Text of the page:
The other issue is that parents do not get enough time to spend with their children or do not realize the importance of play. Therefore children today are learning in a very restricted and closed environment.
Picture shows a child – Charlie Brown, a favorite character from a comic strip - who does not want to go to school. The reasons can be many. We all know that the stresses and strains a formal school environment can impose on the child.For the child to stay on in school, s/he should have the skills to cope up with peers and the pressures of work and, simultaneously, take interest in studies and enjoy learning.Research has revealed that children who get enough opportunities to express, experience and explore during the early years are better able to adapt to formal schooling.
In India, the dropout rate at primary level is 4.5%, which hikes up to 14.5% at secondary level, and therefore investment during early years is very crucial.
The Mobile Creches childcare programme follows the core principles of early learning and stimulation even as it integrates health, nutrition and education into one holistic piece. One of the non-negotiable elements for quality child care is the provision of ample space for play, indoors and outdoors.Mobile Creches’ age appropriate curriculums gives enough opportunities to all children to express themselves through songs, discussions around stories and poems, group interactions, role plays and simple experiments. Activities like clay modelling, collage making, paper folding, different kinds of drawings, etc. are planned to enhance creativity and stimulate the imagination. Our caregivers are listening to every child and their response is appropriate to the developmental age and cultural context of the child.
“Standing tall you tower over me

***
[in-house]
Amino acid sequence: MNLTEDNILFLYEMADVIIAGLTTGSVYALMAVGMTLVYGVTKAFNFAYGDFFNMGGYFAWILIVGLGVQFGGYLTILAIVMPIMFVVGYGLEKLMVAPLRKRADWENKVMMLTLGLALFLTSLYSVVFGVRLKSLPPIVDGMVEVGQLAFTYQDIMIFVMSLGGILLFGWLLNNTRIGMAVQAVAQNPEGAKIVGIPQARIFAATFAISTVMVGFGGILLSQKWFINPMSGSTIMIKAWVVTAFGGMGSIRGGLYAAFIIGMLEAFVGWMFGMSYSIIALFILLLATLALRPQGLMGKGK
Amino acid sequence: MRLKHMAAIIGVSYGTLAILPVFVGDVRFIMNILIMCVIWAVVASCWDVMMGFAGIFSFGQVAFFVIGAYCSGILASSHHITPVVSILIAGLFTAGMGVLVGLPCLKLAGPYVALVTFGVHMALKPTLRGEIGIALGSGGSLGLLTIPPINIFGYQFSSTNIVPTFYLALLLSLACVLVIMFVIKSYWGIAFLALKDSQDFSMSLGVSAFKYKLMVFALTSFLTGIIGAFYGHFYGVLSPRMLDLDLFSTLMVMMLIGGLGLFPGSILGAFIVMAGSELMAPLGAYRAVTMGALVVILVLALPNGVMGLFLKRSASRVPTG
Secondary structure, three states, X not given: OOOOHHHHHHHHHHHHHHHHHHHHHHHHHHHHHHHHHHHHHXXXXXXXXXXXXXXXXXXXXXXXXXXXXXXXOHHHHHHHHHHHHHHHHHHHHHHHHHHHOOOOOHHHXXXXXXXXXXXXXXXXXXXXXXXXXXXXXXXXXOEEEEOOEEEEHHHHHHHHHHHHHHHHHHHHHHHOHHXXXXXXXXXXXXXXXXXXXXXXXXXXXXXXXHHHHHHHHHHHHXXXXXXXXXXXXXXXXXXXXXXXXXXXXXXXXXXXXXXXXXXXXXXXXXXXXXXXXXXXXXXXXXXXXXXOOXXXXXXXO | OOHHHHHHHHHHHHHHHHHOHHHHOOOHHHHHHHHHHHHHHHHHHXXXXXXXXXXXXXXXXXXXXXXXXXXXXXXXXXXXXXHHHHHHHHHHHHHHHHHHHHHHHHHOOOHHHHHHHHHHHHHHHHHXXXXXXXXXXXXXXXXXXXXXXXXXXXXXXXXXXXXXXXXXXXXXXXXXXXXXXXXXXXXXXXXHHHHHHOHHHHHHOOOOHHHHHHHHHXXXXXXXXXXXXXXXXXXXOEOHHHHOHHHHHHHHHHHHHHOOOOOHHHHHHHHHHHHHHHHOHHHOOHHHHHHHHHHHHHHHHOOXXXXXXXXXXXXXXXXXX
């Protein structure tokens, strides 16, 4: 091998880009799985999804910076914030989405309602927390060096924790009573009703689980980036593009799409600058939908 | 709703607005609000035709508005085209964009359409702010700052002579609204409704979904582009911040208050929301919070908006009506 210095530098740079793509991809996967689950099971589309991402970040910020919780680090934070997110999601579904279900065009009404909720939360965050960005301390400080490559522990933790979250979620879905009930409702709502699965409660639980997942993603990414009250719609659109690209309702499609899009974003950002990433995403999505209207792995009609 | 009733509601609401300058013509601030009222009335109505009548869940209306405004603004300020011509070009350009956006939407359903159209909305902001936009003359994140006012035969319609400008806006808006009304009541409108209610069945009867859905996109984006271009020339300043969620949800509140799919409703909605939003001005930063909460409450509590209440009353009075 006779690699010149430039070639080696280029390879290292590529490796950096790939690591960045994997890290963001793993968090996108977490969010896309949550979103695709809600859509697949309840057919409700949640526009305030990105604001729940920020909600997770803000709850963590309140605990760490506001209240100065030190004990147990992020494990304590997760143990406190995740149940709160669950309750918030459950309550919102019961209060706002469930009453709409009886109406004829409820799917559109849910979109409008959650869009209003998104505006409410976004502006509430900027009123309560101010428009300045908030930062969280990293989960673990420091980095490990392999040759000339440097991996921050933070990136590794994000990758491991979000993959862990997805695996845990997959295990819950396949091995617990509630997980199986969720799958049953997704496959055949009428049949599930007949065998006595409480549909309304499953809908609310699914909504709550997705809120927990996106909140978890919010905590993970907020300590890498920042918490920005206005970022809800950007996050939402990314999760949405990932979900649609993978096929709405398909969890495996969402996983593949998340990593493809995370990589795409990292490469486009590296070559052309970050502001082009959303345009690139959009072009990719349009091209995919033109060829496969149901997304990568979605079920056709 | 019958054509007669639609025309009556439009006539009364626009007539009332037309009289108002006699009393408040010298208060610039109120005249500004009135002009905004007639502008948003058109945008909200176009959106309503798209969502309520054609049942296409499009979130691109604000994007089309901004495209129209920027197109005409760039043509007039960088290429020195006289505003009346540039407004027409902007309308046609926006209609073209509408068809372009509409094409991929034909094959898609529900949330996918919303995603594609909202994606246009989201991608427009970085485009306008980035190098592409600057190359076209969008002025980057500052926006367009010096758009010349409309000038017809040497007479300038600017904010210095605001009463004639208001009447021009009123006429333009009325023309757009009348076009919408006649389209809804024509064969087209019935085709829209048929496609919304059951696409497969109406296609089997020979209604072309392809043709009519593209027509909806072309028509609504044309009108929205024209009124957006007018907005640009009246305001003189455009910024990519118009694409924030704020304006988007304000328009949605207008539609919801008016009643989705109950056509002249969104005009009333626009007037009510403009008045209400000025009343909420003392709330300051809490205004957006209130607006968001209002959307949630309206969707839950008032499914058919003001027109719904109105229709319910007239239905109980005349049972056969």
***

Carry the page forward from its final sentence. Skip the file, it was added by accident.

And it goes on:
Could you please at the same level be”
While interacting with children the teachers kneel down or squaton the floor, next to them, as it helps develop trust and bonding.The teacher is not ‘talking down’ to them.
The programme at Mobile Creches also has elements like excursions, educational trips, bal sabhas (children’s meetings), camps etc. which expose children to hands on learning, outside a structured classroom environment (See blog T).
देखो इन्हें ये हैं ओस की बूँदें
पत्तों की गोद में आसमां से कूदे
अंगड़ाई लें फिर करवट बदल कर
नाज़ुक से मोती हंस दे फिसल कर
खो ना जाएँ ये तारे ज़मीं पर…..
This song from Taare Zameen Par, a 2007 film that won many awards, is about an 8-year-old dyslexic child. He is put down and bullied by his peers, berated by his teachers and constantky falls short of his parents’ expectation. His art teacher at the boarding school recognizes his talent and his predicament and creates the right environment for him to blossom in. And he does.
Studies have proved that it is the environment, the opportunities, the acknowledgements and the responses a child receives during the early years that make all the difference to her overall development. We learnt in the N blog post on “Nature and Nurture” that our inherited genes interact dynamically with the external environment to make us who we are.So, ‘taqdeer’ (fate) is an inadequate answer to the question, “Nanhe munne bachche teri mutthi main kya hai” (Little one, what is in your clenched fist), the heart-warming song of the award winning film, Boot Polish, 1954. The mutthi (fist) has two connotations – the fate lines on our palms as well as the possibilities that our hands pose. The child’s future and fortune are in our hands, the adults’. Will we choose well?